Archive for July 2014

    • Youth suicide stats prompt call for awareness training

      (Calif.) There are over 11,000 suicide attempts by youth in California each year - nearly 30 every day - and about 172 of those results in death. Experts believe these statistics could be lower if school staff were properly trained on how to recognize and deal with suicidal youth.

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    • Federal jobs bill offers K-12 partnership grants

      (Ohio) A Toledo high school that partners with regional industry to help train students for employment was visited this week by two of President Barack Obama’s senior cabinet officials to highlight the type of successful job-training programs envisioned under new federal law.

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    • New dispute opens over LCAP reporting mandate

      (Calif.) A festering dispute over how much freedom local officials should have over education spending has reignited, pitting school managers against advocates for low-income families and some key members of the Legislature.

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    • California joins states urging student-led voter drives

      (Calif.) One of a handful of states working to increase voter registration in the 18 to 24-year old age group, California passed a new law expanding regulations for student-led voter registration drives on high school campuses.

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    • Online instruction might serve sex ed best

      (Chicago, Ill.) Not surprisingly, for teenagers with questions about sex, birth control and sexually transmitted diseases or related issues there are digital resources they can access on their own for answers.

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    • Deep tax cuts threaten Kansas schools and Gov.’s re-election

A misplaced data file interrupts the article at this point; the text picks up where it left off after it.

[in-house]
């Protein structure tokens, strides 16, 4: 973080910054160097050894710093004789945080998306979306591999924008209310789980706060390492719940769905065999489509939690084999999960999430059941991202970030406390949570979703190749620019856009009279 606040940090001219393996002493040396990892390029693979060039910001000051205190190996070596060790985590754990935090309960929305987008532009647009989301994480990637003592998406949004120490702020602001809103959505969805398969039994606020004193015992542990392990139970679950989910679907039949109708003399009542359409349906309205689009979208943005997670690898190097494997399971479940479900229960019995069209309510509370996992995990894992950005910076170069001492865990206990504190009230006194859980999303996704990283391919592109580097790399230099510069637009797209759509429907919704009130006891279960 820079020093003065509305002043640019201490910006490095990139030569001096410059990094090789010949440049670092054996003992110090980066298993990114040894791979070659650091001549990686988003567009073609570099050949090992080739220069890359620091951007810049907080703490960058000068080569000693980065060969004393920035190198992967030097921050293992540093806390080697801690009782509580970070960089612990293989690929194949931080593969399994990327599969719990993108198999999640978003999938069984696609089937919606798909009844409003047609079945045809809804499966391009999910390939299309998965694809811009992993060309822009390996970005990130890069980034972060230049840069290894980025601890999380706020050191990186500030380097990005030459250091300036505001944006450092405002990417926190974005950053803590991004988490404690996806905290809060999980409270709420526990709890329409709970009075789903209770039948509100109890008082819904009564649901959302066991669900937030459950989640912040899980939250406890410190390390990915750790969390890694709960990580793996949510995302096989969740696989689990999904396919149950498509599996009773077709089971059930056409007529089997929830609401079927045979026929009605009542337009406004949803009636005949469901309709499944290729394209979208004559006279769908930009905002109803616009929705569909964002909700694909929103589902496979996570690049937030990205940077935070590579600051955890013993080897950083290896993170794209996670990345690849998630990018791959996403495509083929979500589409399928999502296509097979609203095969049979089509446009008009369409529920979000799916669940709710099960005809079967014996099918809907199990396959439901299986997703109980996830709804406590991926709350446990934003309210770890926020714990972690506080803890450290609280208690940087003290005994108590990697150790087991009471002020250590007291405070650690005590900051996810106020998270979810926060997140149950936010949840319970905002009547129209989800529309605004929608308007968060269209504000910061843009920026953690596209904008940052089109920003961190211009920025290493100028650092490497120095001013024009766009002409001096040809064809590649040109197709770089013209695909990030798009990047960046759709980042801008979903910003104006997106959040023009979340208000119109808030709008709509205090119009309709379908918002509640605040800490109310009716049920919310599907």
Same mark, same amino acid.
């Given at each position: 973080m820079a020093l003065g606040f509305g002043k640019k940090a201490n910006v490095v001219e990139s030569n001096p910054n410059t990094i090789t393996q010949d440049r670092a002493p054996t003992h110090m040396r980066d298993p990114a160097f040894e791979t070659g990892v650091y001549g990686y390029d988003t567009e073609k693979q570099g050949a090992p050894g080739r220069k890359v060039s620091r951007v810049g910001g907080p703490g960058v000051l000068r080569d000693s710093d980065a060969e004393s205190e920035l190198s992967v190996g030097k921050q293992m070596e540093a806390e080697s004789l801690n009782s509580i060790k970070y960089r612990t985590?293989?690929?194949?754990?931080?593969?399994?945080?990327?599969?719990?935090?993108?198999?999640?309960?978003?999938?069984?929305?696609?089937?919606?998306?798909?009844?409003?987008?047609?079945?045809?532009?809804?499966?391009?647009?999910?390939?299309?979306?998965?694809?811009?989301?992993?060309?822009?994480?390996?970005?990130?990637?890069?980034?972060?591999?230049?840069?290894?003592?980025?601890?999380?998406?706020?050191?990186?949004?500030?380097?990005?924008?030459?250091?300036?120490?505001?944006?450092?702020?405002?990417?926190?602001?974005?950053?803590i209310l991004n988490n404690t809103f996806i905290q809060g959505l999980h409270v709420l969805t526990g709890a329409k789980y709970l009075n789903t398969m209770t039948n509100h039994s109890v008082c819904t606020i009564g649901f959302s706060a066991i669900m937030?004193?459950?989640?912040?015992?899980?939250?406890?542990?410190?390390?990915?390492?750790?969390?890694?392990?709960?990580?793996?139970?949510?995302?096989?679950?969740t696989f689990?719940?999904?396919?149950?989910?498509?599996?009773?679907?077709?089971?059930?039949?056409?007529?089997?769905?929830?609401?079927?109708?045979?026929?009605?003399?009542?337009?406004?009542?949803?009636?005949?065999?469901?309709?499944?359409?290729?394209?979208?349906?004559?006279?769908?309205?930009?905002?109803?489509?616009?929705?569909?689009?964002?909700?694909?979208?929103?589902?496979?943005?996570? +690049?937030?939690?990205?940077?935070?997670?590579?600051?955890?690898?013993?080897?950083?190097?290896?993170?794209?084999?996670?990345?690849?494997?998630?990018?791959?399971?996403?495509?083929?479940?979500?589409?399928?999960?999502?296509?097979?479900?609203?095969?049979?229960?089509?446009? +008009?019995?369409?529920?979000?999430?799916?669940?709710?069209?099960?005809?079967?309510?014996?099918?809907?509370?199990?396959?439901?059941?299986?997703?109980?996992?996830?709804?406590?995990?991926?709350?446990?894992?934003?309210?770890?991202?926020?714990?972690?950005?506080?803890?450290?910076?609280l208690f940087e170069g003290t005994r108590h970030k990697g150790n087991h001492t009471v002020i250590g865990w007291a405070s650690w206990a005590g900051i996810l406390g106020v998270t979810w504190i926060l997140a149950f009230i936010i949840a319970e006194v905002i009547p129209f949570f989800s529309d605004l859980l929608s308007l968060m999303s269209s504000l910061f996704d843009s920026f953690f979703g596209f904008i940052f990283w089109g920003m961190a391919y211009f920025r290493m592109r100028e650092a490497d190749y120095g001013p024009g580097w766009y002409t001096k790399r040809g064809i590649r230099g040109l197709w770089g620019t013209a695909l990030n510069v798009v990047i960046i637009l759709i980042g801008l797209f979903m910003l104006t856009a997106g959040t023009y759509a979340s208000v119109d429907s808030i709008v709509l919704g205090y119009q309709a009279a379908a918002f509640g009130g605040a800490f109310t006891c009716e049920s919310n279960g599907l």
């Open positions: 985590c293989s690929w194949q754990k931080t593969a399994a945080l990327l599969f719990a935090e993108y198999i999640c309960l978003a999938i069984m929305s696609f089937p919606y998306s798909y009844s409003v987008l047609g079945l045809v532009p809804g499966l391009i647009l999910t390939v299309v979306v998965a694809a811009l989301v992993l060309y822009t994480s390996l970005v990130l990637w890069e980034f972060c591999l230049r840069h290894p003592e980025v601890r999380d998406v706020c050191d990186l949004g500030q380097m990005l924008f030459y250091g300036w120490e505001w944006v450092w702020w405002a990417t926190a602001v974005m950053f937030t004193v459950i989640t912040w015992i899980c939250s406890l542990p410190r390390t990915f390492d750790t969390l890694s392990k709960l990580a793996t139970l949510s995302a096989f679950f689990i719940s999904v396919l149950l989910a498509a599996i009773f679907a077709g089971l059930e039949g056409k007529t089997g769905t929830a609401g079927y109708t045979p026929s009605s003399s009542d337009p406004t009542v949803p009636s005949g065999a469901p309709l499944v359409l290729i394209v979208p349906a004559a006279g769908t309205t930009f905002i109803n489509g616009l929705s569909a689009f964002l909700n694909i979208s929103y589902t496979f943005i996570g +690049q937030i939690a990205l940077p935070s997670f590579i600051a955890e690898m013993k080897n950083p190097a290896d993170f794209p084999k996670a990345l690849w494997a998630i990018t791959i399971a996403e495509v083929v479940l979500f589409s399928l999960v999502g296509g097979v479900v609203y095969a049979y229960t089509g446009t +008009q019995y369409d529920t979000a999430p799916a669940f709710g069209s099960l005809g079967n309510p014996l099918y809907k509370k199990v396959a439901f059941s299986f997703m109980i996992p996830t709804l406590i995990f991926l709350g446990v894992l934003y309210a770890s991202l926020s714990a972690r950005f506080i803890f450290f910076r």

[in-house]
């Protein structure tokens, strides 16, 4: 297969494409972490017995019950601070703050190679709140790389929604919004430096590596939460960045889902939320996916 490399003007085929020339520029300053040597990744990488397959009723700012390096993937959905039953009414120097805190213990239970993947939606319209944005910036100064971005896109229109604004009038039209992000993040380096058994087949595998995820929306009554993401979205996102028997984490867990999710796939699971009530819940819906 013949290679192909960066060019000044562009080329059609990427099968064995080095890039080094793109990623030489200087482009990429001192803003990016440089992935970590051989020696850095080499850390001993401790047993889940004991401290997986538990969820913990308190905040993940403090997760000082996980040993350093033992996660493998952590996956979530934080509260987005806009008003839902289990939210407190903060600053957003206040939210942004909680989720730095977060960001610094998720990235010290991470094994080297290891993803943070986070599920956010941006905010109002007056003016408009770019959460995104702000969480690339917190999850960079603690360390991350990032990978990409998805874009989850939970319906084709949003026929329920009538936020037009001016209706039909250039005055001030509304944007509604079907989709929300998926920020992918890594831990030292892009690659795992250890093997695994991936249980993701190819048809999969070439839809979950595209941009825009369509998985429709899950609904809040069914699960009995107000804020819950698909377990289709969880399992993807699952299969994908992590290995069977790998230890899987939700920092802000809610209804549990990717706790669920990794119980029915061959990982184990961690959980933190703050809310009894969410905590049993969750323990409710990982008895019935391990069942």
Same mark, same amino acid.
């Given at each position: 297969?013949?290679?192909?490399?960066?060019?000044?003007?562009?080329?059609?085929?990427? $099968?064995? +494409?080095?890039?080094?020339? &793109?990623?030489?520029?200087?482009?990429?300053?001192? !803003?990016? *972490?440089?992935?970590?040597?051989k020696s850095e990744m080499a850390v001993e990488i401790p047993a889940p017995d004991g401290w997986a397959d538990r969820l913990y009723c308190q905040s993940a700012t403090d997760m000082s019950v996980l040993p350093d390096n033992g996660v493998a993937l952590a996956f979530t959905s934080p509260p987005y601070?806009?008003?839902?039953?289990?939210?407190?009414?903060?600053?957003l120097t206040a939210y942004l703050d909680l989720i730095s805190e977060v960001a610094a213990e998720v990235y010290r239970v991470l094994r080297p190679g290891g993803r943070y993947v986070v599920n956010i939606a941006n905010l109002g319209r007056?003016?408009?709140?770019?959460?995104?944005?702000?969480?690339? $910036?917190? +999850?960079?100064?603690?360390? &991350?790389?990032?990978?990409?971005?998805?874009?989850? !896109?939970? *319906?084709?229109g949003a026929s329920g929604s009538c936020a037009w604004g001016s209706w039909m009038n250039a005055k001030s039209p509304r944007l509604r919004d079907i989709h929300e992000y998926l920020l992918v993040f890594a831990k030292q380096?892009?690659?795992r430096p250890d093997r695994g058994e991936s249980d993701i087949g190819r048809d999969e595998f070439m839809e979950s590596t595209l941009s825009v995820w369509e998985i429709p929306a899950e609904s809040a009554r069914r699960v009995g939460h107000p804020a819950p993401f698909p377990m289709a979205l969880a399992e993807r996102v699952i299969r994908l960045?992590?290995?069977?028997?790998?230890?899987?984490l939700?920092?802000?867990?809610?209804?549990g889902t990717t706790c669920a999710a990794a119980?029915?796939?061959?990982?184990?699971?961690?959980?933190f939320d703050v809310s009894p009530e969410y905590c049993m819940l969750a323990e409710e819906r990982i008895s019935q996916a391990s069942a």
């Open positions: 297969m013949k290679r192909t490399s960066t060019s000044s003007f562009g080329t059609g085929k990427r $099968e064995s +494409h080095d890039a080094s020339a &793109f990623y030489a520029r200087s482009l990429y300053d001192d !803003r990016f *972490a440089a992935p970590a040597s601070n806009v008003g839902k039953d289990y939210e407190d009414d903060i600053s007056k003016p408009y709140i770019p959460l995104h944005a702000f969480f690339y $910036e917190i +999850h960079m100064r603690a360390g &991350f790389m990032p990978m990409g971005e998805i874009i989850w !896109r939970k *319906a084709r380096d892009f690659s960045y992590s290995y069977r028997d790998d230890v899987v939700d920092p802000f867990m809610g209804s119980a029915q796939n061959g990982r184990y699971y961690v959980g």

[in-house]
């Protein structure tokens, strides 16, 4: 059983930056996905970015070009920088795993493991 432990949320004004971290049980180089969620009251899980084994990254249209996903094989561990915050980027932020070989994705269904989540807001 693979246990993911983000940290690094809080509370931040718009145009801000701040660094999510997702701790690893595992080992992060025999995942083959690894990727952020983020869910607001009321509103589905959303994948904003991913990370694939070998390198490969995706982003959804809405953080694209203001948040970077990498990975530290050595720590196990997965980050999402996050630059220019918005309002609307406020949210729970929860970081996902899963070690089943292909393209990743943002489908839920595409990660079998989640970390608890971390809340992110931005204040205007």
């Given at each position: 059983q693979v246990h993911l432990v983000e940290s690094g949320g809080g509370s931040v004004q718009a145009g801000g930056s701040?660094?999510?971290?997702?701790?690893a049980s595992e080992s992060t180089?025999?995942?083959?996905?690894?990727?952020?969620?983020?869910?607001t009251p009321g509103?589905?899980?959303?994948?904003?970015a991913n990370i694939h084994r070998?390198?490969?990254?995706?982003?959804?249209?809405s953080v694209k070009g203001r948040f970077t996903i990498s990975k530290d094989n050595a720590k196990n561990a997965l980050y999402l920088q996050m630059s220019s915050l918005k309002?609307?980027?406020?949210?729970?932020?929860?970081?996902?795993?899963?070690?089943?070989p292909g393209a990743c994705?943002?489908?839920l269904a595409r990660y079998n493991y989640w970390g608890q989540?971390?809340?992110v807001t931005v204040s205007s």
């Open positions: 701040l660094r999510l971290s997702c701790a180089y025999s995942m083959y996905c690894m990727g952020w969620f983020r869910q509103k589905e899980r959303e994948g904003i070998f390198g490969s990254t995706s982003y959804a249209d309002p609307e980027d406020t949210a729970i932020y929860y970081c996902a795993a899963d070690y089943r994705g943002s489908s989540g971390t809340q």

(Kan.) Nearly a decade has passed since a landmark ruling determined lawmakers were inadequately funding public schools – but the promise of those extra dollars may be as elusive as ever.

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    • New tool for navigating federal privacy laws

      (District of Columbia) A recent cyberattack that sent one school district’s field test of a new online state assessment into a tailspin earlier this year was enough to strike panic into the hearts of school district administrators everywhere.  If malfeasance can disrupt the flow of internet traffic during a critical testing window, could it also steal private student data, tamper with transcripts, or take down a district’s entire network?

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    • Researchers find grim employment status for teachers

      (District of Columbia) Much of the disproportionally high rate of teacher turnover in hard-to-staff schools serving high-poverty students can be attributed to a lack of quality induction programs for beginning teachers, according to guidance released earlier this month.

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    • Child immigrants unlikely to flood any one school district

      (District of Columbia) Despite growing concerns that the influx of unaccompanied child immigrants into the U.S. will overwhelm local government services in some communities, social advocates say public schools are not likely to be part of that turmoil.

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    • Speech therapy rebooted by use of online resource

      (Calif.) Online speech therapy, once less favored than in-person treatment, is becoming a more commonly used resource as districts struggle to find and afford qualified speech-language therapists.

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